M_{\tilde\delta_Q} := \bigcup_i(\ev_{2i}\circ S)^{-1}(K)
\setminus\bigcup_j\bigl(U^j\times(0,1)\bigr),\cr
M_{\tilde\delta_N} := \bigcup_i(\ev_{2i-1}\circ S)^{-1}(K)
\setminus\bigcup_j\bigl(U^j\times(0,1)\bigr).
\end{gather*}
By construction, $M_{\tilde\delta_Q}$ and $M_{\tilde\delta_N}$ are
1-dimensional submanifolds with boundary of $\Delta_2\times(0,1)$.
Define $\tilde\delta_QS:M_{\tilde\delta_Q}\to\Sigma^{\ell+1}$ by
inserting preferred $N$-spikes at all points where some $Q$-string
meets $K$ (via the same formula as the one above for $\delta_Q$ on
$1$-chains), and similarly for $\tilde\delta_NS$. See Figure~\ref{fig:string-relations}.
Note that the boundary $\p M_{\tilde\delta_Q}$ consists of
intersections with $\p\Delta_2$ and with the boundaries $\p U^j$. Thus each
$j$ contributes a unique point $\lambda^j_Q$ to $\p
M_{\tilde\delta_Q}$, which
corresponds in the above coordinates to $a=+\eps$ if the
associated index $i$ is odd and to $a=-\eps$ if $i$ is even. Similarly,
each $j$ contributes a unique point $\lambda^j_N$ to $\p
M_{\tilde\delta_N}$ which corresponds in the above coordinates to
$a=-\eps$ if the associated index $i$ is odd and to $a=+\eps$ if $i$ is
even. The broken strings
$\tilde\delta_QS(\lambda^j_Q)$ and $\tilde\delta_NS(\lambda^j_N)$ are
$C^m$-close for $|t|\geq\gamma$, and by Lemma~\ref{lem:spike} for
$|t|<\gamma$ they both have a $Q$-spike and an $N$-spike \emph{with the
same first derivatives at the ends}.
So, using convexity of the space of spikes with fixed ends
(Remark~\ref{rem:spikes-convex}, see also
Remark~\ref{rem:spike-interpol}), we can
connect them by a short $1$-chain $S^j:[0,1]\to\Sigma^{\ell+1}$ with
spikes in $[-\gamma,\gamma]$ (which we regard as $Q$-spikes.)
We define $\delta_QS:M_{\delta_Q}\to\Sigma^{\ell+1}$ to be $\tilde\delta_QS$
together with the $1$-chains $S^j$, and we set
$\delta_NS:=\tilde\delta_NS:M_{\delta_N}=M_{\tilde\delta_N}\to\Sigma^{\ell+1}$.
Recall that the $1$-dimensional submanifold
$M_{\tilde\delta_Q}\subset\Delta_2\times(0,1)$ is the union of the
transversely cut out preimages of $K$ under the evaluation maps
$\ev_{2i}\circ S:\Delta_2\times(0,1)\to Q$. Hence the coorientation of
$K\subset Q$ and the orientation of $\Delta_2\times(0,1)$ induce an
orientation on $M_{\tilde\delta_Q}$, and similarly for
$M_{\tilde\delta_N}$. (The induced orientations depend on orientation
conventions which will be fixed in the proof of
Proposition~\ref{prop:string-relations} below.)
We parametrize each connected component of~$M_{\tilde\delta_Q}$ and
$M_{\tilde\delta_N}$ by the interval $\Delta_1=[0,1]$ proportionally
to arclength (with respect to the standard metric on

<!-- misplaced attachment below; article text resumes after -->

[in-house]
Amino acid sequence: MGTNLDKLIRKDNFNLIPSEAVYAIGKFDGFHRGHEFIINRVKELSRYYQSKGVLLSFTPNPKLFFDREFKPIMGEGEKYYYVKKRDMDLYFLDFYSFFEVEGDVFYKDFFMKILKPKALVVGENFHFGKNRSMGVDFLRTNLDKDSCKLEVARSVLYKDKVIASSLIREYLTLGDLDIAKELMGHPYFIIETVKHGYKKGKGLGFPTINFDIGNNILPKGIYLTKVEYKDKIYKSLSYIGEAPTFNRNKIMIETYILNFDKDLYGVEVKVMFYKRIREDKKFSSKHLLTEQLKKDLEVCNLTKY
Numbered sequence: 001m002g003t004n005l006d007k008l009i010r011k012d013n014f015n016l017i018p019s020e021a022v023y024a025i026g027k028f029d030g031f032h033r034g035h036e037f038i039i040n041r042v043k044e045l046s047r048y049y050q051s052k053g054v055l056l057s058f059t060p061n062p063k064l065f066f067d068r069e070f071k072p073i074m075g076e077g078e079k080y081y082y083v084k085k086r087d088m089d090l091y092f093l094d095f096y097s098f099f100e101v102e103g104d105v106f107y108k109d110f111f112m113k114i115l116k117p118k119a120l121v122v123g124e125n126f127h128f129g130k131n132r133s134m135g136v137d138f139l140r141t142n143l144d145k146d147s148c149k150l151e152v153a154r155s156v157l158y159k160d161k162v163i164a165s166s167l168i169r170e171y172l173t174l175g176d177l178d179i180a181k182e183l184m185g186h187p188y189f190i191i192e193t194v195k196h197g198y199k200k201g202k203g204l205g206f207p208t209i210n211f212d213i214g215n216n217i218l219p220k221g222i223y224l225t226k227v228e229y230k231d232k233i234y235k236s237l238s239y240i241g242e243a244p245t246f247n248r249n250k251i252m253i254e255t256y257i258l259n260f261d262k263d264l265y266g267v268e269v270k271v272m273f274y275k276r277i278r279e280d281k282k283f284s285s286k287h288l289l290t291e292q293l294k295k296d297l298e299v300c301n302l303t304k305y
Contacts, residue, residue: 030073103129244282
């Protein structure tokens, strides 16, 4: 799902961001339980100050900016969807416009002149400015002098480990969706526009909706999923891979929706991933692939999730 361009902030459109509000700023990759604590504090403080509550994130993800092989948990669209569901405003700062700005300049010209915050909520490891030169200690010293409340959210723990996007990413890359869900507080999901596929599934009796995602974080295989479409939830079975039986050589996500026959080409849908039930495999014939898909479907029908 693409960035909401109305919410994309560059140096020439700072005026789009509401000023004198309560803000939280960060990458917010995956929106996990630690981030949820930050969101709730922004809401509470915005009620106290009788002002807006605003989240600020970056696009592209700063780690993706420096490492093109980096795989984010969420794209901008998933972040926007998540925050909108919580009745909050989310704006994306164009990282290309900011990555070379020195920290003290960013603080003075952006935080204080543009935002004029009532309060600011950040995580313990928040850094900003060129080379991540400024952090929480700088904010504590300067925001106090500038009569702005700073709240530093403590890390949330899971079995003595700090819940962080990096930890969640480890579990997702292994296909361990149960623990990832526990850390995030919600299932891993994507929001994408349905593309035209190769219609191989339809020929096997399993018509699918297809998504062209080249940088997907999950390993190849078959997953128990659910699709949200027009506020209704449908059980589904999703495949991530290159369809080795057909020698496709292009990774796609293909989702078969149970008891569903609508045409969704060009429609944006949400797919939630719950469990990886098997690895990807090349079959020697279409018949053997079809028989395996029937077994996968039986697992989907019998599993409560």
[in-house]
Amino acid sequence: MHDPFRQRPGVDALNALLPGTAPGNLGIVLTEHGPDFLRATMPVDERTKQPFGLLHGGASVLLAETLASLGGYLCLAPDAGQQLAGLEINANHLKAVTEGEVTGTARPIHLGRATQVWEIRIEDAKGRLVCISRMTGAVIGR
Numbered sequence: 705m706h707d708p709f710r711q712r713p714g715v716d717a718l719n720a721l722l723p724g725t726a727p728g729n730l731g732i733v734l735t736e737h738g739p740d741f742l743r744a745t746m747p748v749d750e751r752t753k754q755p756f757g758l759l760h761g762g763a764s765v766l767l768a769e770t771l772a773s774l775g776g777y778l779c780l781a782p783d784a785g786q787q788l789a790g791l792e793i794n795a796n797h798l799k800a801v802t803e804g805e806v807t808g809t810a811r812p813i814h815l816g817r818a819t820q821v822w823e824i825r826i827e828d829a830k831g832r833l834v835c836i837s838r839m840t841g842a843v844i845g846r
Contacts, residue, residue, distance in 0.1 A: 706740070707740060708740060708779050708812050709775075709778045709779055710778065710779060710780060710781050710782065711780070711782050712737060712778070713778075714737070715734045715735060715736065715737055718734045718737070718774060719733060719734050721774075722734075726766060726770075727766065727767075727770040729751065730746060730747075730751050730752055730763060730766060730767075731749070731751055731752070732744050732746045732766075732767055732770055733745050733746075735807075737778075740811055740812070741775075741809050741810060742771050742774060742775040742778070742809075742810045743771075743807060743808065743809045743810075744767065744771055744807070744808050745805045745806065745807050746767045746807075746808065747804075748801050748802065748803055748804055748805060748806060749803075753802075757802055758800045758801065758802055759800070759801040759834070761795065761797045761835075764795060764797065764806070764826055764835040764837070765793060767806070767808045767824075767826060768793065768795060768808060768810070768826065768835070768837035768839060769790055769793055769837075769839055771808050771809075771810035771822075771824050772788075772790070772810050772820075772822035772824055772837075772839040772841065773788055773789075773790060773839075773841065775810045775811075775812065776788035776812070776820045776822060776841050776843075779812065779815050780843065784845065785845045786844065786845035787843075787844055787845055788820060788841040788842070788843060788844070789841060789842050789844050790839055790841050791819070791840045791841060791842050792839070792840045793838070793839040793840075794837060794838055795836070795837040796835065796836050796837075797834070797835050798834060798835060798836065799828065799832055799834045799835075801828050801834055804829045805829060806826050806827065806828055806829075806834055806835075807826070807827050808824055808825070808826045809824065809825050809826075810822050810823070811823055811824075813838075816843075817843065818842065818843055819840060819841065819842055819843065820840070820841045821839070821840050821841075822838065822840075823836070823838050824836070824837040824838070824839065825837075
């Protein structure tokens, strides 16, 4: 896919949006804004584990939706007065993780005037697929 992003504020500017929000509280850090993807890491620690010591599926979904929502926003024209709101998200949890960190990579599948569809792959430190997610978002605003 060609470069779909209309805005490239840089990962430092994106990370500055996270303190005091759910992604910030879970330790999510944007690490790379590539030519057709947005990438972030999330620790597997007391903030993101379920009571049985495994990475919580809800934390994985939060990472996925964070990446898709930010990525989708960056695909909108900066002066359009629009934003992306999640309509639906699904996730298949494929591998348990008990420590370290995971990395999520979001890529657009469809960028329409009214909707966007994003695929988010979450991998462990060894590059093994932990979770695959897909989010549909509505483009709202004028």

$\Delta_2\times(0,1)$ and in the direction of the orientation, where
for components diffeomorphic to $S^1$ we choose an arbitrary initial
point). So we can view $\delta_QS:M_{\delta_Q}\to\Sigma^{\ell+1}$ and
$\delta_NS:M_{\delta_N}\to\Sigma^{\ell+1}$ as generic $1$-chains,
where we orient the $1$-chains $S^j$ such that the points
$\tilde\delta_QS(\lambda^j_Q)$ appear with opposite signs in the
boundary of $S^j$ and $M_{\tilde\delta_Q}$.
\begin{proposition}\label{prop:string-relations}
On generic chains of degree $2$, the operations $\p$, $\delta_Q$ and
$\delta_N$ satisfy the relations
\begin{gather*}
\p^2=\delta_Q^2=\delta_N^2=\delta_Q\delta_N+\delta_N\delta_Q=0 ,\cr
\p\delta_Q+\delta_Q\p + \p\delta_N+\delta_N\p = 0.
\end{gather*}
In particular, these relations imply
$$
(\p+\delta_Q+\delta_N)^2=0.
$$
\end{proposition}
\begin{proof}
Consider a generic $2$-chain $S:\Delta_2\to\Sigma^\ell$. We continue
to use the notation above and denote by
$\pi:\Delta_2\times(0,1)\to\Delta_2$ the projection. The relation
$\p^2S=0$ is clear. Points in $\delta_Q^2S$ correspond to
transverse self-intersections of $\pi(M_{\tilde\delta_Q})$, so each
point appears twice with opposite signs, hence $\delta_Q^2S=0$ and
similarly $\delta_N^2S=0$. Points in
$\delta_Q\delta_NS+\delta_N\delta_QS$ correspond to transverse
intersections of $\pi(M_{\tilde\delta_Q})$ and
$\pi(M_{\tilde\delta_N})$, so again each point appears twice with
opposite signs and the expression vanishes. Note that the broken
strings corresponding to these points have two preferred spikes
inserted at different places, so due to the uniqueness of preferred
spikes with given end points the broken strings do not depend on the
order in which the spikes are inserted.
\begin{figure}
\labellist
\small\hair 2pt
\pinlabel $S^j$ at 68 107
\pinlabel $\tilde\delta_NS$ at 42 32
\pinlabel $\tilde\delta_QS$ at 138 65
\pinlabel ${\color{blue} \Delta_2}$ at 99 227
\pinlabel ${\color{blue} U^j}$ at 63 139
\pinlabel ${\color{blue} \lambda^j_N}$ at 44 76
\pinlabel ${\color{blue} \lambda^j_Q}$ at 107 116
\endlabellist
\centering
\includegraphics[width=0.45\textwidth]{cieliebak-et-al_figures/string-relations}
\caption{\label{fig:string-relations}The definition of $\delta_QS=\tilde\delta_QS+S^j$ and $\delta_NS=\tilde\delta_NS$.
}
\end{figure}
In order to achieve $\p\delta_Q+\delta_Q\p + \p\delta_N+\delta_N\p =
0$, we choose the orientation conventions for $M_{\tilde\delta_Q}$ and
$M_{\tilde\delta_N}$ such that (see Figure~\ref{fig:string-relations}):
\begin{itemize}
\item $\p\tilde\delta_QS+\tilde\delta_Q\p S$ corresponds to the intersection
points $\lambda^j_Q$ of $M_{\tilde\delta_Q}$ with the boundaries of the regions
$U^j$, and similarly for $\p\tilde\delta_NS+\tilde\delta_N\p S$;
\item the sign of $\lambda^j_Q$ as a boundary point of
$M_{\tilde\delta_Q}$ is opposite to the sign of $\lambda^j_N$ as a
boundary point of $M_{\tilde\delta_N}$.
\end{itemize}
Due to the choice of the $1$-chains $S^j$, it follows that
$\p\delta_QS+\delta_Q\p S$ is the sum of the points